Sri Lanka says ‘no’ to Japan rail project signed by the previous government


FILE PHOTO: Commuters board on a train to travel to provinces, after the authorities announced a weekend curfew in the country as a preventive measure against the spread of the COVID-19 novel coronavirus, at a main railway station in Colombo on March 20, 2020. (Photo by LAKRUWAN WANNIARACHCHI/AFP via Getty Images)
FILE PHOTO: Commuters board on a train to travel to provinces, after the authorities announced a weekend curfew in the country as a preventive measure against the spread of the COVID-19 novel coronavirus, at a main railway station in Colombo on March 20, 2020. (Photo by LAKRUWAN WANNIARACHCHI/AFP via Getty Images)

SRI LANKA on Thursday(24) scrapped a Japanese-funded light rail project in the capital signed by the previous government.



President Gotabaya Rajapaksa has ordered the termination of the $1.5-billion project, saying it is not a “cost-effective solution” for the congested capital Colombo.

The project was the largest single foreign-funded infrastructure project in Sri Lanka, and was seen as a sign of the island nation reducing its dependence on China.

Gotabaya Rajapaksa, elected last year, told the transport ministry to “terminate this project and close the project office with immediate effect”, top aide P B Jayasundara said in a letter to the ministry.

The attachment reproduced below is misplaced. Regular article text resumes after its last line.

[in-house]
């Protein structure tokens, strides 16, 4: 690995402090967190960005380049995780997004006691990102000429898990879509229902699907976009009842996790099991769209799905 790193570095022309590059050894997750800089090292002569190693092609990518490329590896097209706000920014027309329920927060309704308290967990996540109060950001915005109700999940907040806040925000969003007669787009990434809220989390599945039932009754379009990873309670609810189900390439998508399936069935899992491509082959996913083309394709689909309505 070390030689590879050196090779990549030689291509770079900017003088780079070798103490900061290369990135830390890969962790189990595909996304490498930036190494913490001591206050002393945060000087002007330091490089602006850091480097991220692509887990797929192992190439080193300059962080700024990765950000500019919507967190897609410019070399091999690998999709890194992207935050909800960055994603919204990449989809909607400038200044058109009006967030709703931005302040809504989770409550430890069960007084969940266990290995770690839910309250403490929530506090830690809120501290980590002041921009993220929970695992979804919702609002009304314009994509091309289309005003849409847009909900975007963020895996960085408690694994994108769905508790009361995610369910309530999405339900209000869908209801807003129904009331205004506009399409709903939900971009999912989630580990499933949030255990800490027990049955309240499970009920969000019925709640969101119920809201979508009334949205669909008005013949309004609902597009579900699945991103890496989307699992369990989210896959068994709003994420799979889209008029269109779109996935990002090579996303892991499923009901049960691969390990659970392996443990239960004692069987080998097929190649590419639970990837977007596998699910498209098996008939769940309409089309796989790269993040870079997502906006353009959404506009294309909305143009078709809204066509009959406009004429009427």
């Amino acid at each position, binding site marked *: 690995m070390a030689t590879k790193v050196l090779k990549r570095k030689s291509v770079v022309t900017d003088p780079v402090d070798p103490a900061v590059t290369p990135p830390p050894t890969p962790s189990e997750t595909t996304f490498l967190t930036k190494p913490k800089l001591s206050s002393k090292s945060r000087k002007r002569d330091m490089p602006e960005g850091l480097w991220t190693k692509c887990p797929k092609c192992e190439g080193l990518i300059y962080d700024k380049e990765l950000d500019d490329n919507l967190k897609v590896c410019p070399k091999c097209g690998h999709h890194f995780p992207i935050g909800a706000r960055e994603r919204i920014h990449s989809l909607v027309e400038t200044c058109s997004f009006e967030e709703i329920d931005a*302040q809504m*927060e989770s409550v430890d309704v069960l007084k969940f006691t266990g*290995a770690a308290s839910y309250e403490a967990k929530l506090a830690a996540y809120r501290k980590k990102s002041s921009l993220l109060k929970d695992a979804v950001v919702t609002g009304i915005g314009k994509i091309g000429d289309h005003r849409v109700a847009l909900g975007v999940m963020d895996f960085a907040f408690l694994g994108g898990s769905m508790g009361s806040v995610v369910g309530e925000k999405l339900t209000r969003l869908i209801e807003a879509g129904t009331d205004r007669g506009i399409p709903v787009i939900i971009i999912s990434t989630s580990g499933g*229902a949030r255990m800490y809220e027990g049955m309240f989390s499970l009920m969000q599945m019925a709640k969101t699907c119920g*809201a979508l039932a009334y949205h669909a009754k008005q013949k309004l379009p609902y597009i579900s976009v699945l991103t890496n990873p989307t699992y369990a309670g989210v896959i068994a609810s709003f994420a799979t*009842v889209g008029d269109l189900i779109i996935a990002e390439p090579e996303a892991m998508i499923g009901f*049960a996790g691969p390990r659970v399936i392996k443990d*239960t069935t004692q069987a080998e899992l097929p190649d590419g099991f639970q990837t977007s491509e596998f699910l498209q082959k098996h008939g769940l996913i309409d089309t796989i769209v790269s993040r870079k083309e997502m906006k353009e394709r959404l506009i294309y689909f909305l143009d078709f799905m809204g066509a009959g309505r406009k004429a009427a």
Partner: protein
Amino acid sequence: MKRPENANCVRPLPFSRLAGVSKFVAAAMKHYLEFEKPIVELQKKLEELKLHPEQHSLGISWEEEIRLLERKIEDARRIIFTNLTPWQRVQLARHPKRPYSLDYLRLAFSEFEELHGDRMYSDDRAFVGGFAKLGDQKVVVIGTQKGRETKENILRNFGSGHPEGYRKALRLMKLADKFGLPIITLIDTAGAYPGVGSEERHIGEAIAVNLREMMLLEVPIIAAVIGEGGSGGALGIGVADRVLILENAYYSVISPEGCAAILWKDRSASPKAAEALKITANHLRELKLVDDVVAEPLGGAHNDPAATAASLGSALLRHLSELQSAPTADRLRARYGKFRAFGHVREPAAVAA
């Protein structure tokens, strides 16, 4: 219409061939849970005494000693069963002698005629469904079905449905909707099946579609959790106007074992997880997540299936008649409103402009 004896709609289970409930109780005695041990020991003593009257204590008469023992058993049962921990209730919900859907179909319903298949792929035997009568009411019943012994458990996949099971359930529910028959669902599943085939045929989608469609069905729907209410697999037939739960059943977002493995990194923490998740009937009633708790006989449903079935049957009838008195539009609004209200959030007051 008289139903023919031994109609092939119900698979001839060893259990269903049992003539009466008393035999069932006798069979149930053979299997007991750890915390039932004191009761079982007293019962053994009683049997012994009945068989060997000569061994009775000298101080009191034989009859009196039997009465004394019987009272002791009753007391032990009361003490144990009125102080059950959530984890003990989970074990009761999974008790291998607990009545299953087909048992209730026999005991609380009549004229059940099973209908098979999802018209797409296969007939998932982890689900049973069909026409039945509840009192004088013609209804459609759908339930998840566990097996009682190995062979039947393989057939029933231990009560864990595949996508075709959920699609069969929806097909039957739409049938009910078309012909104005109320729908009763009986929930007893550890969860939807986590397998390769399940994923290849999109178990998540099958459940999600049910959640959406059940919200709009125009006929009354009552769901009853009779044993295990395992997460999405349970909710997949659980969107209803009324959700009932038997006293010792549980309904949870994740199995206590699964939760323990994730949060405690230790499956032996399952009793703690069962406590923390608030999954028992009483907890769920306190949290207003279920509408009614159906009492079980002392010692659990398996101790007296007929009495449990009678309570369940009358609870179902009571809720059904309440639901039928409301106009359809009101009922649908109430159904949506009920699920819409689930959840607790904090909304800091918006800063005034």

There was no immediate comment from the Japan International Cooperation Agency (JICA), which in March last year loaned 30 billion yen ($285 million) to finance the first phase of the Light Rail Transit (LRT).

Japanese technology including rolling stock was to be used on the rail system, which included 16 stations over 15.7 kilometres (9.8 miles).

Detailed planning and land acquisition for the project in Colombo, which has some of the worst traffic congestion in South Asia, had already been completed and initial construction was under way.



The Japanese loan carries an interest rate of 0.1 percent and is repayable over 40 years with a 12-year grace period. Japan has already funded sections of new expressways and a key bridge to reduce traffic congestion in and out of the capital.

Under former president Mahinda Rajapaksa — the incumbent’s brother — Sri Lanka borrowed billions of dollars from China for projects including ports, highways and railways.

But several ended up as white elephants and left the country facing a mountain of debt — mainly to China — stoking fears about Beijing’s “Belt and Road” masterplan for overseas infrastructure.



Unable to service its loans, the then government of prime minister Ranil Wickremesinghe leased a Chinese-built port at Hambantota in the island’s south to a Beijing company for $1.12 billion in 2017.

India is also concerned about the increased Chinese influence in the island nation.